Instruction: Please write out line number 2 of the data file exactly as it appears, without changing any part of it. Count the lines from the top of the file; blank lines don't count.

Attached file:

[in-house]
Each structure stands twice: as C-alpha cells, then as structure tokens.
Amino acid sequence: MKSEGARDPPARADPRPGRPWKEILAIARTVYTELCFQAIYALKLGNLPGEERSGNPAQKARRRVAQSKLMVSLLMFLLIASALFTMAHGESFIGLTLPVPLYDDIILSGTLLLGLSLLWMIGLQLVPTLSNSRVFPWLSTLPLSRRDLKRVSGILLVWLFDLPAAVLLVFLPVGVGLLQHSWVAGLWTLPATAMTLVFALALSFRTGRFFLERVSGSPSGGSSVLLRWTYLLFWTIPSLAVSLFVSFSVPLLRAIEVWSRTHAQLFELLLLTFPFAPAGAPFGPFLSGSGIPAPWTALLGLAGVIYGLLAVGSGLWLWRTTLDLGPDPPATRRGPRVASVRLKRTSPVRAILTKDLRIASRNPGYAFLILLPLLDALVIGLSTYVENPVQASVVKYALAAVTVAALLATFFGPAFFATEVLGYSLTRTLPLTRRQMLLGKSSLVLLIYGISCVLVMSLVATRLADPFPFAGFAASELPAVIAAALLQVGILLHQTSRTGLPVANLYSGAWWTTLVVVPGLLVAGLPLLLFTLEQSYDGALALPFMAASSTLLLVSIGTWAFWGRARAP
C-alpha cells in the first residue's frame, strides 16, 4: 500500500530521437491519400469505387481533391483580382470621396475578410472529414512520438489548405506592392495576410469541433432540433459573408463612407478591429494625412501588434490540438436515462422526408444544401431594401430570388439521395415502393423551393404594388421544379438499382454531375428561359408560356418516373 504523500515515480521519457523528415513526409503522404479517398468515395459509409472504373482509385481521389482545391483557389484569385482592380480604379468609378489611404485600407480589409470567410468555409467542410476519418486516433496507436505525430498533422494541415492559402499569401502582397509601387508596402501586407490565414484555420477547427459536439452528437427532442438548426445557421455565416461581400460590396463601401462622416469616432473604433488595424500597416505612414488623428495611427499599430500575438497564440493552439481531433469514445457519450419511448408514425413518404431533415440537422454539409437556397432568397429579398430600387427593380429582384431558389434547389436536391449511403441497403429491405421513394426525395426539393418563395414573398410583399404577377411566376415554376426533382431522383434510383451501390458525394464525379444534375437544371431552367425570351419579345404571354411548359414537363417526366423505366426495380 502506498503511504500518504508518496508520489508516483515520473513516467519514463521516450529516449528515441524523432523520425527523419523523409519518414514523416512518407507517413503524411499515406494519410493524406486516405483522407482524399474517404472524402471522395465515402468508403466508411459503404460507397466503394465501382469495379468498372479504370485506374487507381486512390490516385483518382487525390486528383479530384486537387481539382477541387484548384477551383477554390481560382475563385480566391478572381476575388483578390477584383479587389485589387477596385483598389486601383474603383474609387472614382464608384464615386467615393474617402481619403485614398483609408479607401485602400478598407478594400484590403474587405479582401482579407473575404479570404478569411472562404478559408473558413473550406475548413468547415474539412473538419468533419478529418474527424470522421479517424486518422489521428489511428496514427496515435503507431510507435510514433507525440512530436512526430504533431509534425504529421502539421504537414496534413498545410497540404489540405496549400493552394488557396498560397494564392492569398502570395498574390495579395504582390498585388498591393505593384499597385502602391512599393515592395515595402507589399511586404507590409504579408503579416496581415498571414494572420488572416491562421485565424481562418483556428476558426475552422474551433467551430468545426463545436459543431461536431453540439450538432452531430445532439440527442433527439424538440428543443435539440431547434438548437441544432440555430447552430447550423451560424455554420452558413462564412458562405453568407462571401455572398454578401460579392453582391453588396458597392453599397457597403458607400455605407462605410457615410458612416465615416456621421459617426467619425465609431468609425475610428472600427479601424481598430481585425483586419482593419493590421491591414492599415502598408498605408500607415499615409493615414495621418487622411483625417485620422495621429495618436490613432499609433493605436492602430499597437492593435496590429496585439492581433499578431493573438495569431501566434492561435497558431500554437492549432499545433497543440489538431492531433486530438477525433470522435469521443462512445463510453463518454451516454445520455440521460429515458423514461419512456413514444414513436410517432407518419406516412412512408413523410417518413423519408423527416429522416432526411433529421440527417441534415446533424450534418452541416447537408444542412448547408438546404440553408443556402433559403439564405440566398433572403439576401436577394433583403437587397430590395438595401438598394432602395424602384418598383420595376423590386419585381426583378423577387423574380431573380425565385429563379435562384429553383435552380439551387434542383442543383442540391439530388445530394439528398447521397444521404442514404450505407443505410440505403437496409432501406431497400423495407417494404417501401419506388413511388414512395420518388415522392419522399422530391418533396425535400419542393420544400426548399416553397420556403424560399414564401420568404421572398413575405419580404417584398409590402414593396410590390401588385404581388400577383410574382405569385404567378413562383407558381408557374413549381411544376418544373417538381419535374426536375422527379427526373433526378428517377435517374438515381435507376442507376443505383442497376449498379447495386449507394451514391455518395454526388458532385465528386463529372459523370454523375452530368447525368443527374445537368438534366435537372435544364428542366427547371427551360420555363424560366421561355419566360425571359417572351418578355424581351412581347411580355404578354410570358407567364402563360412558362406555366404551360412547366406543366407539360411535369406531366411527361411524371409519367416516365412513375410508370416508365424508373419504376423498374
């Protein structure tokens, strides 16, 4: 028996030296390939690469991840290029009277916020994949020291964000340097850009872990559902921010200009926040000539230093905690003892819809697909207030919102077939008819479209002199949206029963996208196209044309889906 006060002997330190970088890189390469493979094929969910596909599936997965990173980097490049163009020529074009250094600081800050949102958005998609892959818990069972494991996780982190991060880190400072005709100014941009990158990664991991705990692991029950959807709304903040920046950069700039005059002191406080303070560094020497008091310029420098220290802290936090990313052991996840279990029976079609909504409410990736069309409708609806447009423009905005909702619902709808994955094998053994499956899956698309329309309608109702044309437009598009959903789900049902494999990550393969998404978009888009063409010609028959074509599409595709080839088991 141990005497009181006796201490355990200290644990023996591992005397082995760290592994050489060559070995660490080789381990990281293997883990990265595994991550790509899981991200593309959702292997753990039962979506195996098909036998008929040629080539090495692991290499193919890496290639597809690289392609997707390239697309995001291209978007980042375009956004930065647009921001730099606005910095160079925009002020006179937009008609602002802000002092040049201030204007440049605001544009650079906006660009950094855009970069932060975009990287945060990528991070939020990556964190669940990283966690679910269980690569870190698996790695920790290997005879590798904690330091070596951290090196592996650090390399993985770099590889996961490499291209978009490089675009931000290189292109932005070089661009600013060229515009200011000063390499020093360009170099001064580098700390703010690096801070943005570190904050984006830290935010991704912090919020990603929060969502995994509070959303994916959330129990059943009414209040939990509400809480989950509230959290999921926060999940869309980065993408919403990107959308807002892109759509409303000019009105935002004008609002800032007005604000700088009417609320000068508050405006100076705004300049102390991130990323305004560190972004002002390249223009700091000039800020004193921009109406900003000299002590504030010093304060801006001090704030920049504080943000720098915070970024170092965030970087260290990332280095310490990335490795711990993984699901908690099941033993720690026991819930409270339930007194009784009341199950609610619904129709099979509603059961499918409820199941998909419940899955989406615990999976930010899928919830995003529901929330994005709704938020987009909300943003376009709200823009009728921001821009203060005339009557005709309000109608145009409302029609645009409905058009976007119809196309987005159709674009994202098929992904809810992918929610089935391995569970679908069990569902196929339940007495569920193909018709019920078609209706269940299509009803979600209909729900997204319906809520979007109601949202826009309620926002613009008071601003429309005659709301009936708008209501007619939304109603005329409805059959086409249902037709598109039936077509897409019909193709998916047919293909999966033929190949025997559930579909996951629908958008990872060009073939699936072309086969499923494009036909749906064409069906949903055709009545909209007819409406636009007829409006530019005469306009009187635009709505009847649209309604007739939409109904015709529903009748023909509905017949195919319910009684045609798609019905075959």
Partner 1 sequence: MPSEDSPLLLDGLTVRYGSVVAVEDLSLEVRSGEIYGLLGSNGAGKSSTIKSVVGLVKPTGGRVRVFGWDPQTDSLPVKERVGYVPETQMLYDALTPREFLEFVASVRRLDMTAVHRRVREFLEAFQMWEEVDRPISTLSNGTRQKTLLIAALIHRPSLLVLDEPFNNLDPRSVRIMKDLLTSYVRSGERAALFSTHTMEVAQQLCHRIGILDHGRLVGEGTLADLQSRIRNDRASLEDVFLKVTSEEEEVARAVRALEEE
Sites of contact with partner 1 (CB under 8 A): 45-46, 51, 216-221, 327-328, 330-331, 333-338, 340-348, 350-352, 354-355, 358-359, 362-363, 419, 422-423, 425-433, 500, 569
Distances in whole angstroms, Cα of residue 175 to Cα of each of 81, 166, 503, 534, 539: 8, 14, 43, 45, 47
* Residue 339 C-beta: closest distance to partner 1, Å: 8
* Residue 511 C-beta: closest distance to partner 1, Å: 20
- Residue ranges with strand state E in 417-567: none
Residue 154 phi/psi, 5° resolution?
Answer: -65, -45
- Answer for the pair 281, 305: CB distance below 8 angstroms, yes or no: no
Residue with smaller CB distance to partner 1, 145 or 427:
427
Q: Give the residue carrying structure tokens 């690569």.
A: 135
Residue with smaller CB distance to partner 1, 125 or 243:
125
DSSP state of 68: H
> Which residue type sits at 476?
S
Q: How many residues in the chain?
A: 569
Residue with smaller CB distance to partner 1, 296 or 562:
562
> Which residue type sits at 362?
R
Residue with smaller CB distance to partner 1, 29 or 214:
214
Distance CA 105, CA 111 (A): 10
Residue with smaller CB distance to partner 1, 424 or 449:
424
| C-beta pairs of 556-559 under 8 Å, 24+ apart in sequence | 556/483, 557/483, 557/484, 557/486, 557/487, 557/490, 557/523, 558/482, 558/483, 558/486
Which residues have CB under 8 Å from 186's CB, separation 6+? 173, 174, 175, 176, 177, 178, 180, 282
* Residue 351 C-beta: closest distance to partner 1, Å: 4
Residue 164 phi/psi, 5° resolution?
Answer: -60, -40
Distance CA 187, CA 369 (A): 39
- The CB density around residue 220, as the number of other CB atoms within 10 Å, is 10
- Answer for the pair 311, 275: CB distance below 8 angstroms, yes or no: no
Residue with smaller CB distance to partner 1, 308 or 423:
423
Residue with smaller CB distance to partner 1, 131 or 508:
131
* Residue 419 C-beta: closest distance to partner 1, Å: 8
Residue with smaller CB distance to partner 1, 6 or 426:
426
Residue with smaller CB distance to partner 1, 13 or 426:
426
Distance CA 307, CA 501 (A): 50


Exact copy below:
Each structure stands twice: as C-alpha cells, then as structure tokens.